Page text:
Halloween Blue Moon 2020: a very special treat – 31 Oct. 2020
Now that the Halloween Blue Moon has gone, of course without any hint of that color, I could look at the images more carefully. Well, the Moon had a special treat for us: it showed its subtle green flash. Which was a precious gift, actually.
First of all, let me say it again, clearly: what we call “Blue Moon” is just the 2nd full Moon in a given month or the 3rd full Moon in a season hosting four of them: nothing to do with a real blue color (which the Moon wears from time to time, when there are volcanic dust/smoke particles in our atmosphere).
That said, the last Blue Moon was a superb sight from Rome: the sky was very clear and I could wait for our satellite to rise from the top of my house. Luckily, there were no major obstacles on the horizon, so I could see the Moon immediately after it rose. I really like to see our satellite combined with elements of our home planet.
Because of the pandemic, I preferred to safely set up my imaging gear on my roof, something I did 30 minutes before moonrise, to be sure to have everything ready. I used one of my Canon 5D mark IV DSLR bodies and a Canon EF 100-400mm f/4.5-5.6 L IS USM II lens, both on a sturdy tripod. I carefully identified the exact point on the horizon from where the Moon should show.
And it did as expected: I had the first glimpse of our Moon 8 minutes after its rise, when it was less than 1 degree above the horizon.It was a superb view: I have seen this hundreds of times, but the beauty of this is so huge that you are overwhelmed every single time.
The image above comes from a composition of three different frames, showing the Moon slowly entering the “Trick or Treat” game of the night, literally… “Knockin’ on Heaven’s Door”. The color of the Moon was significantly reddish, because of the absorption of our atmosphere (the same reason why you see a red Sun at sunset/surise). But with a binocular I noticed something more.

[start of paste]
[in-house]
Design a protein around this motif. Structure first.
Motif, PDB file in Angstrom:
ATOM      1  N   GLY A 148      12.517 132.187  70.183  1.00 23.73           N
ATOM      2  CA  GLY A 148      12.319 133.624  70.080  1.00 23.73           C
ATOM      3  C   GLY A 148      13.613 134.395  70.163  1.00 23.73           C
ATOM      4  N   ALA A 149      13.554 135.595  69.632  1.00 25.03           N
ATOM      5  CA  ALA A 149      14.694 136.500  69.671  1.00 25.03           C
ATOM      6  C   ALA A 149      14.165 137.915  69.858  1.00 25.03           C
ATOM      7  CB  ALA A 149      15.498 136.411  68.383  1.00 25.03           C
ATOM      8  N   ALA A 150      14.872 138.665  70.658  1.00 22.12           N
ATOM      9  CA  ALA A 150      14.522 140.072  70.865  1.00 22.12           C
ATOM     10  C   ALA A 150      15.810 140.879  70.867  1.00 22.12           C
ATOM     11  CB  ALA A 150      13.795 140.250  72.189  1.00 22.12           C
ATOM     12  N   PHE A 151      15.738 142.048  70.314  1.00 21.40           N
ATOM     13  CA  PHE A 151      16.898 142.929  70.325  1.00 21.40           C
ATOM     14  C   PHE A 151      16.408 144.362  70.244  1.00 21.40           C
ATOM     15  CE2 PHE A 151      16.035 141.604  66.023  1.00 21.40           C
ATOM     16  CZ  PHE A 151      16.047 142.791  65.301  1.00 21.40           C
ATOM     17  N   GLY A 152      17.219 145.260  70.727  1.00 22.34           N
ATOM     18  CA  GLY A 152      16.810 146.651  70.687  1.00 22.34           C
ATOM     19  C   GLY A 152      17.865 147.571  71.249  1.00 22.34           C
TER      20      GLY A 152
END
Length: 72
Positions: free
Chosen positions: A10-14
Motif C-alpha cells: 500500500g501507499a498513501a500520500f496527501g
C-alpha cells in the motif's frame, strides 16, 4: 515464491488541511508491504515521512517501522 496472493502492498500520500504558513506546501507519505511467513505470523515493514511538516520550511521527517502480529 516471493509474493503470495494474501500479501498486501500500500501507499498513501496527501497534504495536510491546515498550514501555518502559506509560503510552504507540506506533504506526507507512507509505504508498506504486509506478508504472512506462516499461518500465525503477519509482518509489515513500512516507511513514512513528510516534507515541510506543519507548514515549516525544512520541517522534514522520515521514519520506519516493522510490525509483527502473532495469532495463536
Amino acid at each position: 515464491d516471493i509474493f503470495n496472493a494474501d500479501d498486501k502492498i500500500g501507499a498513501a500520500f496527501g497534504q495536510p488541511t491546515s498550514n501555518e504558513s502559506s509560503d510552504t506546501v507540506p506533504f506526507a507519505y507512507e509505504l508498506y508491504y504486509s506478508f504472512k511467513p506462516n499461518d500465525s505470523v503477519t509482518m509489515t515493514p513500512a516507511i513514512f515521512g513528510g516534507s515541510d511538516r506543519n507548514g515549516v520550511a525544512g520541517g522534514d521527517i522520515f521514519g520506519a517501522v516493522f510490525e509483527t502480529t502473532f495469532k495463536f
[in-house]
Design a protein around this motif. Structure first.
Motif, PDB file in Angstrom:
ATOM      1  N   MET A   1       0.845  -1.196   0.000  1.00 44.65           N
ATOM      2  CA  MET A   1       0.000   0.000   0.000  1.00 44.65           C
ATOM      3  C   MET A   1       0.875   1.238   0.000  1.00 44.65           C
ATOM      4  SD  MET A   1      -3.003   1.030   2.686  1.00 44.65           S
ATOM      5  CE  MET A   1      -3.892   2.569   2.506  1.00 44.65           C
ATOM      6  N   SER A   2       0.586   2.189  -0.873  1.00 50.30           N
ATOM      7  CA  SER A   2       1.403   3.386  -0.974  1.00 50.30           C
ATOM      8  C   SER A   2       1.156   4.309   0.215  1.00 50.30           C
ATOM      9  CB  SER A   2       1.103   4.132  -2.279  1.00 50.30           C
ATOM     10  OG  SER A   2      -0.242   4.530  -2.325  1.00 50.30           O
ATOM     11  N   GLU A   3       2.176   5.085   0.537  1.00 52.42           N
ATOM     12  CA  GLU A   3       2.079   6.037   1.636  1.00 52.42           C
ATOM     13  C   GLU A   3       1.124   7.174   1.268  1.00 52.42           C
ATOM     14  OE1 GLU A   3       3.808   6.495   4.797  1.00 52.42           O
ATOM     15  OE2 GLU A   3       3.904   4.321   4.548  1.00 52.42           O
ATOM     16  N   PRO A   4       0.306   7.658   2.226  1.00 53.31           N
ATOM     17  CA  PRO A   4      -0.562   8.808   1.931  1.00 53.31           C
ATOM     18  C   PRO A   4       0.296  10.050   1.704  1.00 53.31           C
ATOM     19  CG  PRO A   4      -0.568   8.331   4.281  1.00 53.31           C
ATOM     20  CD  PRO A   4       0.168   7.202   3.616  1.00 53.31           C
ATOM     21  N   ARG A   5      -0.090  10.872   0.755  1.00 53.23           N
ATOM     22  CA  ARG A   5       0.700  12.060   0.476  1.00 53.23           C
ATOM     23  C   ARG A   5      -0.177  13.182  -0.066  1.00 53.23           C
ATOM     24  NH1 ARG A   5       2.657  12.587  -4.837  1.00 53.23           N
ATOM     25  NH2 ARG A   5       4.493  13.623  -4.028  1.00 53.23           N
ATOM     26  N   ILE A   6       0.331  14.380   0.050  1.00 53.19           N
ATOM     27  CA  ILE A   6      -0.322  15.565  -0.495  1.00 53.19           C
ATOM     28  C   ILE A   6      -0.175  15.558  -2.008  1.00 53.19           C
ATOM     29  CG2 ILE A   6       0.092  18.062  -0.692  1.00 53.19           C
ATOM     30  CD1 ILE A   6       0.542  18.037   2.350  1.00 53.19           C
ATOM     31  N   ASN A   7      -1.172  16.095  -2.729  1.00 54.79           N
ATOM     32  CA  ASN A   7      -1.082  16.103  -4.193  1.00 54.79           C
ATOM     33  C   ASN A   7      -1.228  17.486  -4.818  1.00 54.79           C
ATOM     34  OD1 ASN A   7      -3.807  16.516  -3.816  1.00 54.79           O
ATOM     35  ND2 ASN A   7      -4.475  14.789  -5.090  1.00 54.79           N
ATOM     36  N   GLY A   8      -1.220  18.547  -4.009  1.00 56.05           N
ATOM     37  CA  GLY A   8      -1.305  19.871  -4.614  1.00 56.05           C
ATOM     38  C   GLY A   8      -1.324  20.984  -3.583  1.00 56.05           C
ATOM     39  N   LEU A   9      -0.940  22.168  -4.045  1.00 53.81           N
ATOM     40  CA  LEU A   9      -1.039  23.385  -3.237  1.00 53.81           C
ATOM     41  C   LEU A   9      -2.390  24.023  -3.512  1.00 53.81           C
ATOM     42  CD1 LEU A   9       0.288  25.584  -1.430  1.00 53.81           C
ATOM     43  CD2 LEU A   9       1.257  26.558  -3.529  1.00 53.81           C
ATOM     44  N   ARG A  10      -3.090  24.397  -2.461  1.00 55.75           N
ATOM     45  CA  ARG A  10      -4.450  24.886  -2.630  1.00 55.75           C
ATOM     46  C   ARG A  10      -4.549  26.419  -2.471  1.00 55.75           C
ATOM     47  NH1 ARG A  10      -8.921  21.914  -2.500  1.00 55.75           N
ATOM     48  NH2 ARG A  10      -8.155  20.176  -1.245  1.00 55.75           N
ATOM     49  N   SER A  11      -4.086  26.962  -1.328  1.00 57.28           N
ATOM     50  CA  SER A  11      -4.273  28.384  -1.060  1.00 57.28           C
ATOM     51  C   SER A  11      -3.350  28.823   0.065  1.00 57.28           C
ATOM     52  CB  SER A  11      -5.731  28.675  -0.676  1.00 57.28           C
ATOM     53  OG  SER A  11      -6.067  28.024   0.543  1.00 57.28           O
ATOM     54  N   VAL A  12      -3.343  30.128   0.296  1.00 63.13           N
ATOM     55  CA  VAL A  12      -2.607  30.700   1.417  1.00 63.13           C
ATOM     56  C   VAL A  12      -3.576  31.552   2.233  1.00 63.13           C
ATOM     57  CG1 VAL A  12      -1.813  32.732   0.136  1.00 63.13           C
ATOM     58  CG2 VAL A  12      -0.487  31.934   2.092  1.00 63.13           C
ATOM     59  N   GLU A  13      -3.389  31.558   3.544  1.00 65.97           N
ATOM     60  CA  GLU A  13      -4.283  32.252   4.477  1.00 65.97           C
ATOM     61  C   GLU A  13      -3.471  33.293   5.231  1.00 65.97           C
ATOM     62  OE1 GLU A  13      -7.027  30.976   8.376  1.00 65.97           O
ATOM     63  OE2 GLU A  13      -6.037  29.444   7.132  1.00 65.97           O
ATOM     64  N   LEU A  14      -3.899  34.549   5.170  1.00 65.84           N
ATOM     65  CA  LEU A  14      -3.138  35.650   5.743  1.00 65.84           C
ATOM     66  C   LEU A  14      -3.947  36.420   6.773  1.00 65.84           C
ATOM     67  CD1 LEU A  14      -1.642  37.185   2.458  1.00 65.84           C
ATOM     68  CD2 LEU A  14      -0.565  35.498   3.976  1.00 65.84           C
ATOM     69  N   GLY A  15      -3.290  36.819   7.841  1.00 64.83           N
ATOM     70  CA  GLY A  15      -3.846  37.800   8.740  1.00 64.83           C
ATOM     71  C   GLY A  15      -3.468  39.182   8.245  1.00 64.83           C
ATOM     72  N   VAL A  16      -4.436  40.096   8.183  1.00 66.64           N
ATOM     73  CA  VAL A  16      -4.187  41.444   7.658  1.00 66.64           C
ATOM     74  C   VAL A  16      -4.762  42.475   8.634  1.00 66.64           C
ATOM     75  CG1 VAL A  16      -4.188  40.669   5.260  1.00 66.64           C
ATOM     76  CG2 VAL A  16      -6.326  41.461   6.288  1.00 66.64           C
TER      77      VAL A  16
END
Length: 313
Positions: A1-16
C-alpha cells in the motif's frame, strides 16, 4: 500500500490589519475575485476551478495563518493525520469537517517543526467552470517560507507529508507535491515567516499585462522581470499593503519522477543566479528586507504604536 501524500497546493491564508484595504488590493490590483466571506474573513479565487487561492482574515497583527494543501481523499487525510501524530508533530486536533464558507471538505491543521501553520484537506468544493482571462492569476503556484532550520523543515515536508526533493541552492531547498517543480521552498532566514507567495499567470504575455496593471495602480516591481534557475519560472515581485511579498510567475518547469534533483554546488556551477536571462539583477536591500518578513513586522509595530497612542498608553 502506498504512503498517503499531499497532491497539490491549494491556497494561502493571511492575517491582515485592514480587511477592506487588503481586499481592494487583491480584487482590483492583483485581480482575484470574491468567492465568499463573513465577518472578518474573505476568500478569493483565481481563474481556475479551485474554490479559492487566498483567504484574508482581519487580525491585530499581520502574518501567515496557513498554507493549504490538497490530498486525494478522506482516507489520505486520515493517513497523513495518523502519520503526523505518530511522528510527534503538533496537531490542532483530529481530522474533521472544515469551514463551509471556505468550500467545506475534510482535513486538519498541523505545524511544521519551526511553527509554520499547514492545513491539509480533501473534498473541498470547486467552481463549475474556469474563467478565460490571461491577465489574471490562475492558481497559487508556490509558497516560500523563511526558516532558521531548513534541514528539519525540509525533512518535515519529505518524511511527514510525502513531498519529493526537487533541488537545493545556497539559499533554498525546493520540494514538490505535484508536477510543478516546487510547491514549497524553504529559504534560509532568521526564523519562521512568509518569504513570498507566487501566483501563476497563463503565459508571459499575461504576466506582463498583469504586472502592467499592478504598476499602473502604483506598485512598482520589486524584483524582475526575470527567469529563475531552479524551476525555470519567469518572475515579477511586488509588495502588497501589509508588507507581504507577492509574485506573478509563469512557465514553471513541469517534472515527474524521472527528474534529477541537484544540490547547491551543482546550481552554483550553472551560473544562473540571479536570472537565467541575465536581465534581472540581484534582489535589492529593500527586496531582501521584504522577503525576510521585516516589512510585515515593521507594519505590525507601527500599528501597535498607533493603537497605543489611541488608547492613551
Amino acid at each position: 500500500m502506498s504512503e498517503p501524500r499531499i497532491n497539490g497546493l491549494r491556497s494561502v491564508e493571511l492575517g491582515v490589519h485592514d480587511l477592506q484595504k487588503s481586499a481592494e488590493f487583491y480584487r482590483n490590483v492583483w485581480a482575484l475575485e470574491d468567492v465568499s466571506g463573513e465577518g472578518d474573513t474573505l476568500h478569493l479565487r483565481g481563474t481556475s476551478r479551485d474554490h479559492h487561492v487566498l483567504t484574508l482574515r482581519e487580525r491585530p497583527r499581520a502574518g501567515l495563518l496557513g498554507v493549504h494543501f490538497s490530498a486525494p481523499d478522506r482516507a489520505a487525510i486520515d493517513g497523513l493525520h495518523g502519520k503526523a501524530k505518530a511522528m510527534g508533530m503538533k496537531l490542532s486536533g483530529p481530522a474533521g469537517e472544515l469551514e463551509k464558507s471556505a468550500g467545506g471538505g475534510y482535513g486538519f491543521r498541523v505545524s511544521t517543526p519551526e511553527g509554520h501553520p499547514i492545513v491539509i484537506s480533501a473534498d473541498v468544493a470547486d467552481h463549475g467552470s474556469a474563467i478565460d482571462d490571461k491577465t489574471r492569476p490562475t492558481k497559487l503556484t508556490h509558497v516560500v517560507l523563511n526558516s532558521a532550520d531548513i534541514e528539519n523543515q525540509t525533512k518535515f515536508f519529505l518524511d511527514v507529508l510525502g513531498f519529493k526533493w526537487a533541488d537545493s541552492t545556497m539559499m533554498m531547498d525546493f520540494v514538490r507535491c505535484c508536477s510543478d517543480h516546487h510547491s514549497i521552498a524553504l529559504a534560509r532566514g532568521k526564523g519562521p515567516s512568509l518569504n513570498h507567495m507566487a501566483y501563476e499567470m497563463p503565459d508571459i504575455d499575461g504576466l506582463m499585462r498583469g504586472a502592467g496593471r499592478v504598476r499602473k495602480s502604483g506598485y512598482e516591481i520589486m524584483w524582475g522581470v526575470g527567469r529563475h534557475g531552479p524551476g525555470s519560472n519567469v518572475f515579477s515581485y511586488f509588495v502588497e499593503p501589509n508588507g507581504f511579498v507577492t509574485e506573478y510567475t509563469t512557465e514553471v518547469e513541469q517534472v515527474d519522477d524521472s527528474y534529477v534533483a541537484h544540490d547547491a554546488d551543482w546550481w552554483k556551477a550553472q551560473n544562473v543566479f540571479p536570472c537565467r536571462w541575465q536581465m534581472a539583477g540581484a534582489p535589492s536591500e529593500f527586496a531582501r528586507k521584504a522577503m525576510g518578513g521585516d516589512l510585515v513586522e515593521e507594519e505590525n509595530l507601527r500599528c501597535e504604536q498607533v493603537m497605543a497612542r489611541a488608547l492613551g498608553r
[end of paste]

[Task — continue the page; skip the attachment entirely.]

From time to time I could see the upper border of the lunar disk clearly greenish, something know as the rare lunar “green flash”. I never saw this so well earlier, I must say, so I was really amazed.The image at the beginning of this post shows this very well: you see the upper border of the Moon is green. The most spectacular version of this phenomenon shows the green limb detached from the disk, when it is close to zero altitude, and it rises and sets before/after the disk (hence the name “flash”), but what I captured here was pretty close to that. So the Moon had a special treat for Halloween night, actually a gift.
The green flash is rarely visible on the Sun and, even more rarely, on the Moon: it is an effect of our atmosphere, acting as a huge prism and bending colors mixed in the solar/lunar light differently. This is apparent when those object are extremely low above the horizon. Shorter wavelengths are bent more, so the green component is “lifted-up” vs the red one, hence the upper, greenish limb.
Later in the night I captured the mere full Moon disk, as part of the live feed I shared with the world, hosting more than 70 thousands viewer.
Below is the podcast of the live feed.
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